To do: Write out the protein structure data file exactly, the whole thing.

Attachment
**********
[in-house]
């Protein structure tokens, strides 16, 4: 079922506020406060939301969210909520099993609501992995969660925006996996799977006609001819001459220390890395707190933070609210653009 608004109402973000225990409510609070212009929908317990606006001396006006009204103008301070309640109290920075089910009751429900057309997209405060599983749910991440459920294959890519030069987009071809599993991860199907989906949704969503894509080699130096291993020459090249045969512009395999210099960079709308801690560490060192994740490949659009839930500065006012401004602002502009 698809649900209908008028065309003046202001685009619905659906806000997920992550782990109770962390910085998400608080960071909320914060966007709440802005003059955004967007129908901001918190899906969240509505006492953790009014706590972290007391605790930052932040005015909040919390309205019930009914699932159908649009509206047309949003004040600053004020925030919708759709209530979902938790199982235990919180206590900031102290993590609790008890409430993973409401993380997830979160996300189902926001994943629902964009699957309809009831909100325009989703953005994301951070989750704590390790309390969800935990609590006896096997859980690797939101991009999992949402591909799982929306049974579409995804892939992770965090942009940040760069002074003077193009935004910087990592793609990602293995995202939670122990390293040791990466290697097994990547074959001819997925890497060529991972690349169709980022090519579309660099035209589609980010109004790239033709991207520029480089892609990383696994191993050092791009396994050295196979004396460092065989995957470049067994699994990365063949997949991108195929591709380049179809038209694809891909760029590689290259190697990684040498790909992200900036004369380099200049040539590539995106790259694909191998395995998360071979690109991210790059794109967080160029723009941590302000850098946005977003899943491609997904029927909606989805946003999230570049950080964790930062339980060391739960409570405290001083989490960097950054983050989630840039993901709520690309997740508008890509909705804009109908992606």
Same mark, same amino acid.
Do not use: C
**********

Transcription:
[in-house]
């Protein structure tokens, strides 16, 4: 079922506020406060939301969210909520099993609501992995969660925006996996799977006609001819001459220390890395707190933070609210653009 608004109402973000225990409510609070212009929908317990606006001396006006009204103008301070309640109290920075089910009751429900057309997209405060599983749910991440459920294959890519030069987009071809599993991860199907989906949704969503894509080699130096291993020459090249045969512009395999210099960079709308801690560490060192994740490949659009839930500065006012401004602002502009 698809649900209908008028065309003046202001685009619905659906806000997920992550782990109770962390910085998400608080960071909320914060966007709440802005003059955004967007129908901001918190899906969240509505006492953790009014706590972290007391605790930052932040005015909040919390309205019930009914699932159908649009509206047309949003004040600053004020925030919708759709209530979902938790199982235990919180206590900031102290993590609790008890409430993973409401993380997830979160996300189902926001994943629902964009699957309809009831909100325009989703953005994301951070989750704590390790309390969800935990609590006896096997859980690797939101991009999992949402591909799982929306049974579409995804892939992770965090942009940040760069002074003077193009935004910087990592793609990602293995995202939670122990390293040791990466290697097994990547074959001819997925890497060529991972690349169709980022090519579309660099035209589609980010109004790239033709991207520029480089892609990383696994191993050092791009396994050295196979004396460092065989995957470049067994699994990365063949997949991108195929591709380049179809038209694809891909760029590689290259190697990684040498790909992200900036004369380099200049040539590539995106790259694909191998395995998360071979690109991210790059794109967080160029723009941590302000850098946005977003899943491609997904029927909606989805946003999230570049950080964790930062339980060391739960409570405290001083989490960097950054983050989630840039993901709520690309997740508008890509909705804009109908992606």
Same mark, same amino acid.
Do not use: C